When I scanned through the themes initially, I was drawn to Nature’s Larder, but I noticed that this was related to the fact that I love nature and live in a rural place, so the theme itself was all around me. I wanted to challenge myself and thought it would be more exciting and invigorating to look for other possibilities, hence choosing Iced Landscape as a theme.
I was excited to start the assignment, and was surprised how selecting the objects, photographing them and then observing and drawing their qualities engaged me. I thought and reflected on my work a lot, even when days passed without me being able to get on with anything practical due to my other commitments. I did notice that I did not log or write down a lot of the reflective and critical thinking that I was doing, both when actually working on my drawings and when I was thinking about the project. This is something I need to work on! I think it was partly not having a working system for doing this. I was resistant to writing notes in a sketchbook, and then rewriting these in a blog.
I explored my mark-making techniques, especially when using pencil. I got the idea to put two pencils together from a book on drawing. I found this really helped me to break out of simple line/outline drawing and it created movement in the objects I drew. It also helped to create depth and dimension to my drawings. I think my strengths were in using this particular technique, as well as the ink drawings I made.
My weaknesses where definitely my use of charcoal and pastel, and my lack of written reflection. I also feel that I could have analysed the artists I looked at in more depth. Although I am pleased that by looking at them, they did inform some of my later drawings. By looking at Katie Sollohub and Michael Griffiths’ work with charcoal, I pushed myself to work with it some more, and mixed techniques to create what I thought was a more successful piece that achieved more of the qualities I was trying to achieve. This is a new skill for me; where I have looked to go out of my comfort zone and push a medium further, and create drawings using a mixture of pen, ink and charcoal. I have also learnt how to set up a blog, although need to now fine-tune and develop this further so that it is easy to navigate, and more importantly works for me as a tool with which to reflect on my work.
I don’t seem to have the patience to create a sustained drawing, and I would like to hone a way of working that would suit me. I did begin to do this by beginning several drawings at once and having 2 or 3 on rotation. I approached this brief in a very investigative way. This meant that I spent only enough time on each drawing to ‘find’ something, after which I tended to abandon it. The more I drew, the more ideas this process generated, so I tended to work fast to try and keep up! As a consequence, many of my drawings may not appear ‘finished’.
I have also evaluated my work in terms of the assessment criteria below:
Demonstration of technical and visual skills: The more photographs I took, the more confidence I gained in arranging the objects, and considered viewpoints, close ups, texture and composition I pushed the use of. I do feel that I have some skills from my previous artistic knowledge. I genuinely enjoy drawing and taking photographs and like to create an aesthetic. The quality of my drawings varied. I did find working with charcoal my weak point. I didn’t manage to achieve a depth that I had hoped to achieve. However one of my final drawings, a larger tracing of many of my previous drawings, did begin to create a sense of image and texture. I seemed to concentrate on contrasts and negative and positive spaces, which is possibly why my ink drawings were some of the more successful ones. Two more sustained pieces, one in pencil and the other a combination of media did achieve some of the qualities I had intended to convey: the juxtaposition of hard edges with a softness and fragility that had come out of my original brainstorm of the theme. My grasp of techniques was a little inconsistent, I didn’t always push the boundaries of each medium.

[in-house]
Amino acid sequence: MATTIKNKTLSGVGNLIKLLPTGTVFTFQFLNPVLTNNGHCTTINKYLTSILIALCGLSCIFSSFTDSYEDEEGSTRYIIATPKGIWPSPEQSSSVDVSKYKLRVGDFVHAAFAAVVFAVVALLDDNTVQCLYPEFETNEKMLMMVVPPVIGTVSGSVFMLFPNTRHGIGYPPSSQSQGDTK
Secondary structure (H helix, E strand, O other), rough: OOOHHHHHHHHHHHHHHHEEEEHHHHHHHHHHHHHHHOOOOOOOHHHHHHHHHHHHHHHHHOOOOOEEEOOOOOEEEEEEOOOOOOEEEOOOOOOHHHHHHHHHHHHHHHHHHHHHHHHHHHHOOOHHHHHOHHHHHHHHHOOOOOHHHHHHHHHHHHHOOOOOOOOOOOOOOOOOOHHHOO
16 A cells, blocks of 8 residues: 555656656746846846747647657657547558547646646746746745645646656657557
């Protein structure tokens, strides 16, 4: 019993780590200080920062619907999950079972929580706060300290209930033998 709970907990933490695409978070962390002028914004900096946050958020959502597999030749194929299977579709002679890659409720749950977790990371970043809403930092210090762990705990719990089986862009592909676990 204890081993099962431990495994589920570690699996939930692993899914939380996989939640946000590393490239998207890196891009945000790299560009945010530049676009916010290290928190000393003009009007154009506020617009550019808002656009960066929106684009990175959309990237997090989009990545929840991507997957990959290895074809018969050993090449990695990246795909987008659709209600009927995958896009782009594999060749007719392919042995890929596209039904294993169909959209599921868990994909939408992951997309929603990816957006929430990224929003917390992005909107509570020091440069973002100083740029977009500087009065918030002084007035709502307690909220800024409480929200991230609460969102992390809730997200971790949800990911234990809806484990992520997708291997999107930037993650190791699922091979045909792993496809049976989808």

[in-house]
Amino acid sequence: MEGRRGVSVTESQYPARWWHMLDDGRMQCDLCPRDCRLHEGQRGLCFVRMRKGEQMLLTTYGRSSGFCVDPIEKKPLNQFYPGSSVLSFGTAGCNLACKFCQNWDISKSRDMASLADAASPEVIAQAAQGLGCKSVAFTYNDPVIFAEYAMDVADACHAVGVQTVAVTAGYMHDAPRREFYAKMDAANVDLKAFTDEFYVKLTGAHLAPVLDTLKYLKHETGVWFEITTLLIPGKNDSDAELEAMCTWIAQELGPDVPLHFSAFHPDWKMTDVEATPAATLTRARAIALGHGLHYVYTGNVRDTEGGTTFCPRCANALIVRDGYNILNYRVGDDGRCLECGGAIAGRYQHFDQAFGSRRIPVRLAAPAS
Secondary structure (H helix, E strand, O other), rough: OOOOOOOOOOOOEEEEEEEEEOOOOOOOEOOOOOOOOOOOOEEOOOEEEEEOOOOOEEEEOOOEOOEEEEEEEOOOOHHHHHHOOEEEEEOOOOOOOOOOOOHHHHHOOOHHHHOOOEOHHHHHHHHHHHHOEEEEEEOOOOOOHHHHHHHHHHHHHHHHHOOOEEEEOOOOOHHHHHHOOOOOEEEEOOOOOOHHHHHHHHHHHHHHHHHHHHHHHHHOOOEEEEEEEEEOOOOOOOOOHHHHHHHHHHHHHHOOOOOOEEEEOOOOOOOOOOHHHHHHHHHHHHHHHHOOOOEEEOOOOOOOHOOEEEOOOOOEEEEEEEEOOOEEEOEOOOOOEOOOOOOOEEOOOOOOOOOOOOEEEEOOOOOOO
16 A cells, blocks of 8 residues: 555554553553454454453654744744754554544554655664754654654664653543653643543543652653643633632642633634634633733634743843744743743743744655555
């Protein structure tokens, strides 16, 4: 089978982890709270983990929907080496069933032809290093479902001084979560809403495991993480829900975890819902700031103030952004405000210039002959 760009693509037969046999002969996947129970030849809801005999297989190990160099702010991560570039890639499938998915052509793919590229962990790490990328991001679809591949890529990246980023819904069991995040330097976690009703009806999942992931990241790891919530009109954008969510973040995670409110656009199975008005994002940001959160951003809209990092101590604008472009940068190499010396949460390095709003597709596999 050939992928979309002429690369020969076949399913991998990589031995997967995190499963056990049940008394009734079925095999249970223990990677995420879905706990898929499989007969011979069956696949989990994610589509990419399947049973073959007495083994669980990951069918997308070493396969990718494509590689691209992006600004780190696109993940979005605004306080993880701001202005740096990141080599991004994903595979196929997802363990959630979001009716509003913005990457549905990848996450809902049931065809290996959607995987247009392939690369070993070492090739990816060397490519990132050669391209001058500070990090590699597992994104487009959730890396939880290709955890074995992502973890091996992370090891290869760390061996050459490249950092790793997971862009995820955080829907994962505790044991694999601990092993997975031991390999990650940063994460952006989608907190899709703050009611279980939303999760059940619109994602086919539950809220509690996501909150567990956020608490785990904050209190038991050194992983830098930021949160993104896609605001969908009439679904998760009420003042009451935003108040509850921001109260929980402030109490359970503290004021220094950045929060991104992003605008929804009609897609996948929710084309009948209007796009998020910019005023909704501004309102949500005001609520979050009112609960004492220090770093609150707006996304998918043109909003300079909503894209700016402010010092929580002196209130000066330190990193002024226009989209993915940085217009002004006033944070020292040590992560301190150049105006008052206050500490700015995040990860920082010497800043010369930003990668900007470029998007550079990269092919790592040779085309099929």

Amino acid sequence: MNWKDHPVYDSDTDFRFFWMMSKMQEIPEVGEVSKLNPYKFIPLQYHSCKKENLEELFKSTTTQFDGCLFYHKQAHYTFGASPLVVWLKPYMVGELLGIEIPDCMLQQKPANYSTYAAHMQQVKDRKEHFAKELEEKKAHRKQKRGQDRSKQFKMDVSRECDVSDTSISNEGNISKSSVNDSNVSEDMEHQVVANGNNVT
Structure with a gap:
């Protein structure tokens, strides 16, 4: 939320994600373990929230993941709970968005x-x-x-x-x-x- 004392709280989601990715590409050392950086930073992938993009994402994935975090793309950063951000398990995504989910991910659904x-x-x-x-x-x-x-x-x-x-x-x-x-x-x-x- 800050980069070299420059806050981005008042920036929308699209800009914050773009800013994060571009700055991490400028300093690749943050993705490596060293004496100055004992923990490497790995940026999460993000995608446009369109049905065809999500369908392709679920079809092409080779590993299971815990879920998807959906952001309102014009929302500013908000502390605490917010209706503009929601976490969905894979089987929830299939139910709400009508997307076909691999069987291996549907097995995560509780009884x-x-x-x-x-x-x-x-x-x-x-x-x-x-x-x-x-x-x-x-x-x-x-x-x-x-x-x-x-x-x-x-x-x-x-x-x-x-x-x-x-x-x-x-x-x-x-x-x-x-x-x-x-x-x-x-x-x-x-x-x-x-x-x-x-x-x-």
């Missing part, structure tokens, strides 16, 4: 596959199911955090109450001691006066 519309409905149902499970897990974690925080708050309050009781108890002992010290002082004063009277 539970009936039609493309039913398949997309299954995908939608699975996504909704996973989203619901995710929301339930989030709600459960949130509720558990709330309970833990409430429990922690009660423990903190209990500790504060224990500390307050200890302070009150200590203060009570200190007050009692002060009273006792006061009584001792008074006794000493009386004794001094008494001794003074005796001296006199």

Quality of outcome: I did consider how my work presented itself, both on the blog in terms of arranging my photos and in my drawings. I would have liked to select and refine the work to send in, but I was conscious that the brief required all work to be shown. Since I had worked on a variety of papers, I chose to bring some of my drawings together on pieces of card to create a more coherent way of viewing the work. I think this is important as it allows the work and the drawings to communicate a little my direction and development.
Demonstration of creativity: I did begin to explore further the uses of different papers. I started to develop a personal voice by playing with and tracing my previous drawings again and again, overlapping and combining the drawings bringing them together into one composition. I felt most creative when I combined elements together: joining two pencils together, or tracing different drawings to make new drawings, or mixing media together.
Context: Although I did a lot of thinking, I didn’t evidence this. I don’t know how much of this is directly shown through my drawings. I need to work on my research and reflection and find a way to present and record my ideas. However I am conscious that at least one of my more successful drawings was as a result of having looked at the artists.